Lake Lanoto’o has finally been recognised officially as a wetland of international importance by the Ramsar List.
Eight years after Samoa signed the Ramsar Convention, through the administration and management of the Ministry of Natural Resources and Environment, with guidance and support from SPREP, the “Lake Lanoto’o National Park” has been recognised as Ramsar site No. 1412.
Ramsar is the Convention on Wetlands of International Importance. It is an intergovernmental treaty that provides the framework for national action and international cooperation for the conservation and wise use of wetlands and their resources.
The inclusion of Lake Lanoto’o National Park in the Ramsar List is a clear indication of the Government’s commitment to implement the convention, in order to achieve the conservation and sustainable use of this important wetlands in Samoa.
The Ramsar Convention is the only global environmental treaty that deals with a particular ecosystem.
The treaty was adopted in the Iranian city of Ramsar in 1971 and the Convention's member countries cover all geographic regions of the planet.
The Convention on Wetlands (RAMSAR) came into force for Samoa on 6 February 2005.
The Lake Lanoto’o National Park has three small crater lakes (Lake Lanoto'o, Lanoata'ata and Lanoanea) in the central highlands of the main island of Upolu, among the few remaining near-pristine crater lakes in the Samoas biogeographic region.
The site is part of the larger catchment above the capital city, Apia, and covers an area of 8,500 hectares, which includes its two sub-catchments, Vaisigano and Fuluasou.
Lake Lanoto'o feeds the headwaters of the Fuluasou river system, which is a very important source of water for Apia, and it also supplies water for the southwest side of Upolu.
The site supports endemic bird species such as the endangered Tooth-billed Pigeon (Didunculus strigirostris) and the endangered Mao (Gymnomyza samoensis), as well as the Samoan Starling (Aplonis atrifusca), Samoan Whistler (Pachycephala flavifrons), Samoan Broadbill (Myiagra Albiventris) and Samoan Triller (Lalage Sharpei).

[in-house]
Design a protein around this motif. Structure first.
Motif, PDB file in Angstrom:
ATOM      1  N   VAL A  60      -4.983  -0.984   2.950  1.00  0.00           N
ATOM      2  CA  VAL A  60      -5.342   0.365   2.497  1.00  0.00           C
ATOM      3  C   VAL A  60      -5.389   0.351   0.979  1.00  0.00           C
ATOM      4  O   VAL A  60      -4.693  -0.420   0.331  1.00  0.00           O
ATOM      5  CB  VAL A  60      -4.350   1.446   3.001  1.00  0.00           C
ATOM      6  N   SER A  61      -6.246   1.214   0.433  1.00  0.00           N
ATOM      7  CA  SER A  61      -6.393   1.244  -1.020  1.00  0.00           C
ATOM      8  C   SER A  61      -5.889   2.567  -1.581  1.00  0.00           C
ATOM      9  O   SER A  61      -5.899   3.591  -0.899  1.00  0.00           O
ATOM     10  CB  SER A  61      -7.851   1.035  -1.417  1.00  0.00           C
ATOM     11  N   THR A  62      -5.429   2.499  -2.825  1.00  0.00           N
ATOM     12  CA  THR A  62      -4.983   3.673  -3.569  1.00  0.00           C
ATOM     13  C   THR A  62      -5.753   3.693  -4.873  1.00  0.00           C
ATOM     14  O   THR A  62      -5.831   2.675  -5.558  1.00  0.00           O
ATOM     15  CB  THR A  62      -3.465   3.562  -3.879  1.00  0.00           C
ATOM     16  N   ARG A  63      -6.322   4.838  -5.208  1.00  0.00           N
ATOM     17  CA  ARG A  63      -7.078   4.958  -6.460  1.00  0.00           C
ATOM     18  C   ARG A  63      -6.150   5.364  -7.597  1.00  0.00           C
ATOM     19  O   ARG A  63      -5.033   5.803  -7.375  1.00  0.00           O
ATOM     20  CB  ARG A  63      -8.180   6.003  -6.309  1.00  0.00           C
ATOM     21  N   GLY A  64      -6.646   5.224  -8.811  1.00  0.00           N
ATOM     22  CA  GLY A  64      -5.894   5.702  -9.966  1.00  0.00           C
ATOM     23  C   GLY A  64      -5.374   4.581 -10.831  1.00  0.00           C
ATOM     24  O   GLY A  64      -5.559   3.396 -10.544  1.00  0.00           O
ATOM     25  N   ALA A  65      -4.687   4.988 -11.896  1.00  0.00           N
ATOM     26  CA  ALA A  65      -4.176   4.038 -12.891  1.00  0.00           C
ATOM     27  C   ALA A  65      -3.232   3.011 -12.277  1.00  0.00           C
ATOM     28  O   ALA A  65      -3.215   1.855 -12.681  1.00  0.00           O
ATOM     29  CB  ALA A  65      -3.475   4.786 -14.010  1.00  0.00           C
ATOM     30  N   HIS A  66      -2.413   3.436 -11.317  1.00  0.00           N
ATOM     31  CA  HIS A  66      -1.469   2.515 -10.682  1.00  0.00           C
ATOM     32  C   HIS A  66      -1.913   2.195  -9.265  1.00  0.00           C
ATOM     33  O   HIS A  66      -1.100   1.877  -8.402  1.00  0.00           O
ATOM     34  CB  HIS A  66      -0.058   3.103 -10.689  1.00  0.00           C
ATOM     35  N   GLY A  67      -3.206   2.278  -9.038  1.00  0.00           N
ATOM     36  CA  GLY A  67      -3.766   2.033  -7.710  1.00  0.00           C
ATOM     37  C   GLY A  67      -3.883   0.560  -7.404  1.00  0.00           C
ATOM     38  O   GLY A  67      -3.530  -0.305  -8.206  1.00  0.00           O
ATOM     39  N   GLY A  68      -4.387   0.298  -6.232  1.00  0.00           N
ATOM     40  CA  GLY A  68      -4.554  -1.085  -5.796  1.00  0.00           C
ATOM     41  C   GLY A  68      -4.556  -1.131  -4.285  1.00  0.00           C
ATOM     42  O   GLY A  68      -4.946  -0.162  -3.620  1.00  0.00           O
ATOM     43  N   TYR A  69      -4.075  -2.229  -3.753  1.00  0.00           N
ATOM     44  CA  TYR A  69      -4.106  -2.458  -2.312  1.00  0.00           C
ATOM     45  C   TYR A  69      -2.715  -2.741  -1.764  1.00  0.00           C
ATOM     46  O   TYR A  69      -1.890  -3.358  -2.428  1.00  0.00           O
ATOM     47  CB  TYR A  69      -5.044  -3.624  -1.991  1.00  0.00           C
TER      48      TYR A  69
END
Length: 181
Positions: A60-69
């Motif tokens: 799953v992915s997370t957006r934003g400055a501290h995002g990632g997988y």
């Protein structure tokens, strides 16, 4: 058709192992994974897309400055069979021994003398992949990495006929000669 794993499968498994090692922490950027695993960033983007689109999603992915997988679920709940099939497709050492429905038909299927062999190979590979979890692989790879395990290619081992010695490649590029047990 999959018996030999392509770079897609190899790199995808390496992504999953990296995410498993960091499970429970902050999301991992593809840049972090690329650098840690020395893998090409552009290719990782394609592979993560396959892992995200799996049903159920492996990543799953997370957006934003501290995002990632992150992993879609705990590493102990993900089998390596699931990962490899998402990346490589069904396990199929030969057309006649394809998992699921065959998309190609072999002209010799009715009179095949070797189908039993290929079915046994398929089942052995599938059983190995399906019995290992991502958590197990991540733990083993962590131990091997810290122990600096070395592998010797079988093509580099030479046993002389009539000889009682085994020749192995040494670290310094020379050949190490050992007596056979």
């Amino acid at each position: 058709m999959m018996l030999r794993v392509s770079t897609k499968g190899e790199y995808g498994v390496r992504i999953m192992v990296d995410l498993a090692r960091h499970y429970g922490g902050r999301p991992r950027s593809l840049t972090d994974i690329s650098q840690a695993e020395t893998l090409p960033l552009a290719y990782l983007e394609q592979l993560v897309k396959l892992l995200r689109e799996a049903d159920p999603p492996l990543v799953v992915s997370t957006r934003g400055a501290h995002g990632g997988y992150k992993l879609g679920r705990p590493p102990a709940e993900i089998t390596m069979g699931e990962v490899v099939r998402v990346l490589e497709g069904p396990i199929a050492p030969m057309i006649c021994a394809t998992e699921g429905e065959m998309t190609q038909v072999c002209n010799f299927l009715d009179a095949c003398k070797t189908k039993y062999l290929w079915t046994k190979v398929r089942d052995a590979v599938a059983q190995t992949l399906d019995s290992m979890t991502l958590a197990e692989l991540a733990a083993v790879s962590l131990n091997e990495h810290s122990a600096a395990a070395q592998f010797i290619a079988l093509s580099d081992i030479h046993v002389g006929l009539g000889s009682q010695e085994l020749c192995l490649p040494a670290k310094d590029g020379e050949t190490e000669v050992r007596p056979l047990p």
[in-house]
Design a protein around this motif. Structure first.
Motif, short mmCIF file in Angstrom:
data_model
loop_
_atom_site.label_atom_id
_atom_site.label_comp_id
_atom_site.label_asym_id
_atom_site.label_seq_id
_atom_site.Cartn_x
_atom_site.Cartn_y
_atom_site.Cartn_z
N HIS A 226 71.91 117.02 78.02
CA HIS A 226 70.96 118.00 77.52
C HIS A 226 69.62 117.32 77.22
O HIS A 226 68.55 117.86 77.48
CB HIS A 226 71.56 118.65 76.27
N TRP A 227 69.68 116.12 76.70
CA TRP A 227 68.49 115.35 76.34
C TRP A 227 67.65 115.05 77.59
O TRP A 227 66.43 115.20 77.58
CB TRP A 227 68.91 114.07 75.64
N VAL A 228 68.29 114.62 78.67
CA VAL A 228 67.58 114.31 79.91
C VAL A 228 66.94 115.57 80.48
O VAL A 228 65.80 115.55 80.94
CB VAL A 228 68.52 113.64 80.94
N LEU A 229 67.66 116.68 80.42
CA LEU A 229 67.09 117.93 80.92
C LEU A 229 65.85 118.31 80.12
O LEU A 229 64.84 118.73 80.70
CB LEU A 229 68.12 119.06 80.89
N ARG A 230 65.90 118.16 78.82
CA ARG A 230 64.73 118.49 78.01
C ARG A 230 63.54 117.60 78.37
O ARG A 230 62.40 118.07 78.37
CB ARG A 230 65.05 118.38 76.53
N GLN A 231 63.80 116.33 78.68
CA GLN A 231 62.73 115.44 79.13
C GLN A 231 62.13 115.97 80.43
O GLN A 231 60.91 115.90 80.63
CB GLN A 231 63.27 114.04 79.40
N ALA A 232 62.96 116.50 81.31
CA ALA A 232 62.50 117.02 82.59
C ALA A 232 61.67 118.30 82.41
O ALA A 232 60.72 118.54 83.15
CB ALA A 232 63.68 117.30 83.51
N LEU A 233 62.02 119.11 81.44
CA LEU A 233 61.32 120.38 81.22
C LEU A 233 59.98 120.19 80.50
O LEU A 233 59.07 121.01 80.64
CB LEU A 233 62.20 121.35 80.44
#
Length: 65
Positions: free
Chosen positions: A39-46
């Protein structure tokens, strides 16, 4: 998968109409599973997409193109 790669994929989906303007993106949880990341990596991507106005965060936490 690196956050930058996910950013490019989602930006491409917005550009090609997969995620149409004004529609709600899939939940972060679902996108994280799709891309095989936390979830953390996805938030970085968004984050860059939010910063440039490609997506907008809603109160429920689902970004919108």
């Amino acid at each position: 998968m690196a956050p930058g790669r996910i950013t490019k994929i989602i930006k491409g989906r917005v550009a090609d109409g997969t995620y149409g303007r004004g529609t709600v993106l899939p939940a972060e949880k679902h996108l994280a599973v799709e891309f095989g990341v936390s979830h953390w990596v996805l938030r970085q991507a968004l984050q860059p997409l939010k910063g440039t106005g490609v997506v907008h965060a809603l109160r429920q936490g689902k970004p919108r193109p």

The endangered Samoan Bush Palm (Clinostigma samoense) is also found at the site. Land uses in the surrounding areas consist of cattle farms and small-scale plantations.
Land tenure consists of approximately 69 per cent is government owned, 26per cent customary lands and five per cent private.
Conservation measures have been proposed for the site and require commitment and support from all parties.
Lake Lanotoo National Park is also a key biodiversity area for conservation and an important bird area.
Last week, the Parliament of the Independent State of Samoa accepted 39 reports without debate.
If Parliament is serious about preserving the dignity and integrity of the Office of the Head of the State, Prime Minister Tuilaepa and his government should do us all one big favour and leave it alone.
We know this much is true.People in powerful positions will invariably resort to acts of arrogance to divert attention from real issues, paint themselves in public view as untainted in character.
Never mind computers. Back when Samoa regained independence, 52 years ago, the internet was barely imagined, faxes were still two decades away, and telex was high tech.